Trauma can affect anyone. In fact, over half of Americans have experienced a traumatic event. Men have a 1 in 10 chance of developing post-traumatic stress disorder (PTSD) after experiencing a traumatic event, and women have a 1 in 5 chance. The good news is PTSD is treatable. Eye Movement Desensitization and Reprocessing (EMDR) is a type of psychotherapy that is used to treat PTSD. In this blog, we’ll discuss how EMDR works to treat PTSD and trauma.
How does EMDR work?
EMDR works by having you focus on an image that represents your trauma. While looking at the image, you’ll identify the negative thoughts and feelings that the trauma has caused you to believe or feel about yourself. External stimuli such as hand taps or alternating tones played through headphones are then introduced. This way, you are engaged with external stimuli while you process your traumatic experience internally.
With each session, you become more able to look at the image of your trauma and sit with your negative thoughts and feelings. Eventually, a positive thought is introduced to take the place of negative thoughts and feelings.
What should I expect during EMDR?
While there is a protocol for EMDR, each session is tailored to the person receiving treatment. As with any type of treatment, you will first have an assessment so that a therapist can address your specific needs. Then, you will work on developing coping skills. Because trauma can be difficult to face, a healthy set of coping skills will help you throughout your therapy. You’ll also learn how to come down and wrap-up after a session so that you do not leave feeling raw or exposed.
To begin EMDR therapy, you’ll look at an image that reminds you of the traumatic event and think of the negative thoughts you associate with it. As you look at the image, you’ll let whatever reactions you have happen. This could mean thoughts, feelings or sensations in your body. You’ll identify these reactions with your therapist. During this time, external stimuli are applied.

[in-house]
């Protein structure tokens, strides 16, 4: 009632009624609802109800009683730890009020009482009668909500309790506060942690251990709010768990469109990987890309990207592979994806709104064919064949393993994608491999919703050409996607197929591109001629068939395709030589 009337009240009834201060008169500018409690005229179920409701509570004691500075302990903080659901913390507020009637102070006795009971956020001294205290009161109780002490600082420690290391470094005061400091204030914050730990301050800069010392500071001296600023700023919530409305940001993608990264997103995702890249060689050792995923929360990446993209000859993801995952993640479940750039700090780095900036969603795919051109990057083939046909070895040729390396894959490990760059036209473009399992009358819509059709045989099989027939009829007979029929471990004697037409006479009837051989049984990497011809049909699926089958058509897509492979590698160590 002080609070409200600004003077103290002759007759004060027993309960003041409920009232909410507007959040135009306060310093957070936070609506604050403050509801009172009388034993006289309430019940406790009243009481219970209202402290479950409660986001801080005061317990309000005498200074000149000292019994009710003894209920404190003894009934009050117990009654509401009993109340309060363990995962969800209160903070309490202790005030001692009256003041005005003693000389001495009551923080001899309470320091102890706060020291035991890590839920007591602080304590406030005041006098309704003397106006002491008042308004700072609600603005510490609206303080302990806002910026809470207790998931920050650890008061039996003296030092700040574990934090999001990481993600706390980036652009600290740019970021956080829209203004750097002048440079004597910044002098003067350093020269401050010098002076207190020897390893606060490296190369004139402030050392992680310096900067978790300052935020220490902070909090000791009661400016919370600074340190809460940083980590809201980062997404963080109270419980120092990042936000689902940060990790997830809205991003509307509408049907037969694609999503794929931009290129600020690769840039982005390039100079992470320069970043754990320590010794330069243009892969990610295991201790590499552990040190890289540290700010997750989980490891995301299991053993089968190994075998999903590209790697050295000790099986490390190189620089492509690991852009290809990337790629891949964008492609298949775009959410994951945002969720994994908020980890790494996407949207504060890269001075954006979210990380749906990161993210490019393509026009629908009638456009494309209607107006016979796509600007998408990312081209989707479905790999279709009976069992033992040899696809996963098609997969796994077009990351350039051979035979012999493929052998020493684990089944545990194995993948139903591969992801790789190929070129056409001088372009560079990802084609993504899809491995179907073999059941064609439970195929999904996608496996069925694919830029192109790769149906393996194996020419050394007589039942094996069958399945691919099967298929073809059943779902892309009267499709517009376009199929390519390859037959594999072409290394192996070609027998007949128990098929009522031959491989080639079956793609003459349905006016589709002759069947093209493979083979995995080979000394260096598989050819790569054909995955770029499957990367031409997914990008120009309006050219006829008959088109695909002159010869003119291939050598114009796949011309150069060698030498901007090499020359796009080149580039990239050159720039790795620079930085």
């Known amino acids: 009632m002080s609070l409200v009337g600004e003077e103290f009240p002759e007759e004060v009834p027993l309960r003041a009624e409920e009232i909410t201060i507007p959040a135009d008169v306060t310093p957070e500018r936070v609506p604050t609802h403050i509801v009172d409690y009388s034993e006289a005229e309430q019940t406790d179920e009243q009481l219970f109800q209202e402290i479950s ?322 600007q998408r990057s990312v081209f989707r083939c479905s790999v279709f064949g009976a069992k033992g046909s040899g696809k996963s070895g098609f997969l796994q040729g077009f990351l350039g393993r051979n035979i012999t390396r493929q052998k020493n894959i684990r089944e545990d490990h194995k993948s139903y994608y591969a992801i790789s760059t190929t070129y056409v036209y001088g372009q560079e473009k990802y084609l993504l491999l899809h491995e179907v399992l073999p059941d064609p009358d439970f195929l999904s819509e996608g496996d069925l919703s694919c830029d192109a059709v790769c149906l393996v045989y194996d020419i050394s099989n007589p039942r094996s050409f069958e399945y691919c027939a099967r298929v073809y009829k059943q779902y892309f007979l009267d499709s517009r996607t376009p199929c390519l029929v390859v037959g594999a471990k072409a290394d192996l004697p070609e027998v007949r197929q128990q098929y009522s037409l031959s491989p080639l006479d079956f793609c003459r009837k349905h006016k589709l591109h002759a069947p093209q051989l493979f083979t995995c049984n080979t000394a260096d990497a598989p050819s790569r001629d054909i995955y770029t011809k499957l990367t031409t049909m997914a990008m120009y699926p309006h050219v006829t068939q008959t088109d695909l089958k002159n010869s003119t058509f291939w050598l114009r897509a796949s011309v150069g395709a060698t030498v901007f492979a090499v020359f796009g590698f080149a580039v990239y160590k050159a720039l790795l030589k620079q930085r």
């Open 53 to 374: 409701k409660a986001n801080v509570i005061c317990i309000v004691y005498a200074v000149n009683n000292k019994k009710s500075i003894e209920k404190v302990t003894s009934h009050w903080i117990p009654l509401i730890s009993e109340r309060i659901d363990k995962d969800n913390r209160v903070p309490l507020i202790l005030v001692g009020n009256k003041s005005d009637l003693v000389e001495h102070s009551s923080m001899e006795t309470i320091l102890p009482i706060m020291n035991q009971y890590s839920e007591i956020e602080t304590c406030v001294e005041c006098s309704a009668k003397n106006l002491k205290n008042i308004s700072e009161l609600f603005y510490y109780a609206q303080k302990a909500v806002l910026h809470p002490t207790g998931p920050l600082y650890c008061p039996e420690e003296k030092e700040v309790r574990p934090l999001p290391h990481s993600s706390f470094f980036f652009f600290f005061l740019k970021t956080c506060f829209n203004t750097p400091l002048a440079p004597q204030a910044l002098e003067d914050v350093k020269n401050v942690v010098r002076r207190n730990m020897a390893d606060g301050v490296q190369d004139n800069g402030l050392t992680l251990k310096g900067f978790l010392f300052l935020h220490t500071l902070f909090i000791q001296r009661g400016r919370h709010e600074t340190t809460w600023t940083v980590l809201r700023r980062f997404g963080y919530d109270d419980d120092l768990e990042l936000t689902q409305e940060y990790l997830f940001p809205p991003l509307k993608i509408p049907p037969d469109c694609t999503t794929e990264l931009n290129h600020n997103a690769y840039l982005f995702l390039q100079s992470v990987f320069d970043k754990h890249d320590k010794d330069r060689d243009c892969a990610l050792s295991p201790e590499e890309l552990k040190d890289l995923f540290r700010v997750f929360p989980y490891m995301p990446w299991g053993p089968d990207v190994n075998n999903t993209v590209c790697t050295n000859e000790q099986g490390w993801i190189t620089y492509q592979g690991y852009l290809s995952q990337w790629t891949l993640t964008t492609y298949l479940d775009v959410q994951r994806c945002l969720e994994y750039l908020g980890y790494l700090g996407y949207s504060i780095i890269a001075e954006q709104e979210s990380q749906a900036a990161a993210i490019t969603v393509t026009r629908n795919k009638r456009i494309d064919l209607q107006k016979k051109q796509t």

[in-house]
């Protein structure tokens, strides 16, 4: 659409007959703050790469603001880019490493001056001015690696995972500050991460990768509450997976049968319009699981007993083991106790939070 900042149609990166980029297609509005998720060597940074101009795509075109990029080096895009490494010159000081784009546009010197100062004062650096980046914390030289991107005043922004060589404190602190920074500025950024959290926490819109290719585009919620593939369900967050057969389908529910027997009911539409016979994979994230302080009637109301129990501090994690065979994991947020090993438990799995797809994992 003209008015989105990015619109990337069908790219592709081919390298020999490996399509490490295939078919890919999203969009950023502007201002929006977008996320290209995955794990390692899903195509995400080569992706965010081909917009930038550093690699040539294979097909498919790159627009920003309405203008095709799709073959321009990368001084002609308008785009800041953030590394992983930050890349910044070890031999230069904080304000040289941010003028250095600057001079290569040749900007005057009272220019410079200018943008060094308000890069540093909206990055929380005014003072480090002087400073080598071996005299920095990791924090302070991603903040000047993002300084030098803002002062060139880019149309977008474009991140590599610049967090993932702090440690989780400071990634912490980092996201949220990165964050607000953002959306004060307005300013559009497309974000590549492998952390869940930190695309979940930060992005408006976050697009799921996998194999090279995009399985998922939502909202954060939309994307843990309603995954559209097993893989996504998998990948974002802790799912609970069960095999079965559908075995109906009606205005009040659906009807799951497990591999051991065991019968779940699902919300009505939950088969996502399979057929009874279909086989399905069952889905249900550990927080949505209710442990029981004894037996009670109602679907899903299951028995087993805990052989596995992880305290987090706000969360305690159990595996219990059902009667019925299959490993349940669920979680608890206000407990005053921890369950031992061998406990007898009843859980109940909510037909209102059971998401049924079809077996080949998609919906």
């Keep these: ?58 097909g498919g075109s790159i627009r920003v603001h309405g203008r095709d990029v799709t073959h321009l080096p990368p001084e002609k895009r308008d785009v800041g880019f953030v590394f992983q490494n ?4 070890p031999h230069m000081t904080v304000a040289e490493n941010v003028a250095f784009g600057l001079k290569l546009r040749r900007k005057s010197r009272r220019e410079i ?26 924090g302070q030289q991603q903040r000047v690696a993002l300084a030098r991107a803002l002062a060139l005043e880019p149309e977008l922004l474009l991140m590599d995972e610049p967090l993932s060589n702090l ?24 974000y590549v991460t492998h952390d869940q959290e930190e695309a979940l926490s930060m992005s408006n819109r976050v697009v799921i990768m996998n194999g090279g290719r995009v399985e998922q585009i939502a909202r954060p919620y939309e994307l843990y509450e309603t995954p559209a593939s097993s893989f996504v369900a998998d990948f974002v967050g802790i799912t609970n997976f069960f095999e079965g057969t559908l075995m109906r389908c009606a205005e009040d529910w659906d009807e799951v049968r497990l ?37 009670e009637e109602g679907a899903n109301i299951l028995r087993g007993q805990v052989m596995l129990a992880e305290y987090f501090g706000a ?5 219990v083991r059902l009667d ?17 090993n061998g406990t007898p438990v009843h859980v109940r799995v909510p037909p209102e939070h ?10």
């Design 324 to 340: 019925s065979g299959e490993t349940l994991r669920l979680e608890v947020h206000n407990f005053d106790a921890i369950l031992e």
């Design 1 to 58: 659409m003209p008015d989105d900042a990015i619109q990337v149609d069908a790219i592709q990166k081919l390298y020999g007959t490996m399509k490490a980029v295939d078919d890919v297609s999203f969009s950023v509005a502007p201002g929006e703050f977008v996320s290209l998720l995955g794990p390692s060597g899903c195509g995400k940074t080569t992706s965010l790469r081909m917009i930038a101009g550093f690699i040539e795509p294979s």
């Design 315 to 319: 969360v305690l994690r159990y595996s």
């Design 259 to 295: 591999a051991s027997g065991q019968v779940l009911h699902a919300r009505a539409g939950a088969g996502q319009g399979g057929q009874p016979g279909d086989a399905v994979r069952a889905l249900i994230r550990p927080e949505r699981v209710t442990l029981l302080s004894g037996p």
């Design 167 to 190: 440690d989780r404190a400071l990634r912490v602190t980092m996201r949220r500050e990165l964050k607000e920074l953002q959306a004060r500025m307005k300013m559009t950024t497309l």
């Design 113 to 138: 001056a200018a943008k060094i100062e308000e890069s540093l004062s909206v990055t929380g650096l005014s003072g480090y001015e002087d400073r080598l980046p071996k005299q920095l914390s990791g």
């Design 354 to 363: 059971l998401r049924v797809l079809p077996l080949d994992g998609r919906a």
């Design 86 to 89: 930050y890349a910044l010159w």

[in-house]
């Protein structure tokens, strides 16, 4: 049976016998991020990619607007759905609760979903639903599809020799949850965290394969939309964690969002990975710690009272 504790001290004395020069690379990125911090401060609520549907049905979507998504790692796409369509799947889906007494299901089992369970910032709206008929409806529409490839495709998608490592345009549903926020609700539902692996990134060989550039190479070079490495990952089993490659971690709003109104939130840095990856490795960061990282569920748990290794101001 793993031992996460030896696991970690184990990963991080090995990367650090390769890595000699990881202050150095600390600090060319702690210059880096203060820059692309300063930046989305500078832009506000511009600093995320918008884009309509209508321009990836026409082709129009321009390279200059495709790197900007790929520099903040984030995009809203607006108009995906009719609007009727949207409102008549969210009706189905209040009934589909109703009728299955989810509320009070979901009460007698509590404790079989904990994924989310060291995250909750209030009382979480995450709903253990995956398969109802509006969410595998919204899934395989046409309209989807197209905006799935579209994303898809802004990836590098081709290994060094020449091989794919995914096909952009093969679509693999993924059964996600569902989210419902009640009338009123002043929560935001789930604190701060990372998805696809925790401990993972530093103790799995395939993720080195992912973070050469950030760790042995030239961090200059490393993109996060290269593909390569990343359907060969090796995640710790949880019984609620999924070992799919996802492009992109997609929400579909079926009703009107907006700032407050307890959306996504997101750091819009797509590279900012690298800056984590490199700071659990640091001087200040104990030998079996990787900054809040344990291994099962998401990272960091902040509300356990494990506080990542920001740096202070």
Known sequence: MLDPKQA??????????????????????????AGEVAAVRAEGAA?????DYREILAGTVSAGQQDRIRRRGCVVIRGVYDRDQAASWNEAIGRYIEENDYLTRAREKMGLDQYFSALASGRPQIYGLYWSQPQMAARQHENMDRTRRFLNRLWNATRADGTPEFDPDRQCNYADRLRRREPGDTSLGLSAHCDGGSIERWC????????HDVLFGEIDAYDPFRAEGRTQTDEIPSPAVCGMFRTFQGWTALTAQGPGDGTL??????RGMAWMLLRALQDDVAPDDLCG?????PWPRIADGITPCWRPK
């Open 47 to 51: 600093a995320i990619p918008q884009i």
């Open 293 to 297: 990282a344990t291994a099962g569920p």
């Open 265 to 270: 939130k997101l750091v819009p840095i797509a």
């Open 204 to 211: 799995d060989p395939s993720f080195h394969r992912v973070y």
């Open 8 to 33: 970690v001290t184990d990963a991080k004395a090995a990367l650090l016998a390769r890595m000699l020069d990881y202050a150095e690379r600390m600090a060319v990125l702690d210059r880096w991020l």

As the sessions progress, you’ll receive direction from your therapist on what you should focus on. You’ll repeat these sessions until the image no longer causes you distress. This is called an emotional shift.
Once your emotions begin to shift and are less intense, a positive belief will be introduced. You’ll continue therapy until the positive belief about the traumatic event begins to feel true.
Can EMDR cure PTSD?
For every 100 people that receive psychotherapy treatment for PTSD, such as EMDR, 53 will no longer have PTSD after three months. Compare this to 9 out of 100 who don’t receive treatment at all. It’s important to note that every person is different. What works for some will not work for others. This is why you should work with a therapist you trust and be honest about what you’re experiencing so that you’re able to get the most benefit out of whatever treatment option you choose.
You can conquer PTSD and get your life back. Our counselors stand ready to help, whenever you’re ready.